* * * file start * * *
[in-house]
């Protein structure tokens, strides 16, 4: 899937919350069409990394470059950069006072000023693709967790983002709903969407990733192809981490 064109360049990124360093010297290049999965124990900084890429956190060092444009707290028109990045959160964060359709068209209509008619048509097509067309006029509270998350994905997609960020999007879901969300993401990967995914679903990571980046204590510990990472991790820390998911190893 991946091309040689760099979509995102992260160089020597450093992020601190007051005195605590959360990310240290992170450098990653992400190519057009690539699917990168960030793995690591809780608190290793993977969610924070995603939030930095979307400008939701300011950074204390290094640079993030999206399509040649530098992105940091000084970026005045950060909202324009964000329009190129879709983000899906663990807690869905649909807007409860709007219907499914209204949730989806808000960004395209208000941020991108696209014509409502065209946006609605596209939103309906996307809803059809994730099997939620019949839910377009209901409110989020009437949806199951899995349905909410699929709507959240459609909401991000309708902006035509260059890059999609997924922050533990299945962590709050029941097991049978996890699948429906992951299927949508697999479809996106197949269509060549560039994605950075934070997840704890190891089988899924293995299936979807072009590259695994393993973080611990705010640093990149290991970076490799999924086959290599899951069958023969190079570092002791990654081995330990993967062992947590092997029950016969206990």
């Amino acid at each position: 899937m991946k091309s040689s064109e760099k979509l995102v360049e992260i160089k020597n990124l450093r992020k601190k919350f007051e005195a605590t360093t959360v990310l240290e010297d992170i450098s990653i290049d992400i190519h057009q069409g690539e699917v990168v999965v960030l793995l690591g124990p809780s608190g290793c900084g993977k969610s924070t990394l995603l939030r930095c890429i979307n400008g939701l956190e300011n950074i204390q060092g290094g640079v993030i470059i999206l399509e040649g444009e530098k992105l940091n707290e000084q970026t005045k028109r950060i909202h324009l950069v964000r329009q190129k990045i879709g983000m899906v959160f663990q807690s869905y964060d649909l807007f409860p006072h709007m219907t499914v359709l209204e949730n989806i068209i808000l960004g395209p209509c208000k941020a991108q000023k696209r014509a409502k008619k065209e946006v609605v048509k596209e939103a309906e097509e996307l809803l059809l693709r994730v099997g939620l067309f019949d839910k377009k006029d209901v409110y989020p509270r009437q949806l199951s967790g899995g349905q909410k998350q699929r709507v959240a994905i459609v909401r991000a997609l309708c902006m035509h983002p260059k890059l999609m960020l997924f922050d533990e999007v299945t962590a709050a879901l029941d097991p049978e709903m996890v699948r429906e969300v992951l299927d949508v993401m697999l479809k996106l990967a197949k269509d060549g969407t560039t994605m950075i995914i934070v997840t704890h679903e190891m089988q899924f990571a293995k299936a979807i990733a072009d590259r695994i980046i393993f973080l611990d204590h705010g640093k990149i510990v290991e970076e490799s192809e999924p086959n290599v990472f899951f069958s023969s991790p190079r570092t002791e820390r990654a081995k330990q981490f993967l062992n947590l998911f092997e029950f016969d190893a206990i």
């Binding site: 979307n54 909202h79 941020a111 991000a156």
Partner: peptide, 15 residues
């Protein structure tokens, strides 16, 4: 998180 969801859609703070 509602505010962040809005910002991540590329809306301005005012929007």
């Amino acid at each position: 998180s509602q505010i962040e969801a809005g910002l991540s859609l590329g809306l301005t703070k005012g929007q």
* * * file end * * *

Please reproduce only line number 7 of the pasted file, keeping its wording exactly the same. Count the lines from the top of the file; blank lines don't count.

């Amino acid at each position: 998180s509602q505010i962040e969801a809005g910002l991540s859609l590329g809306l301005t703070k005012g929007q």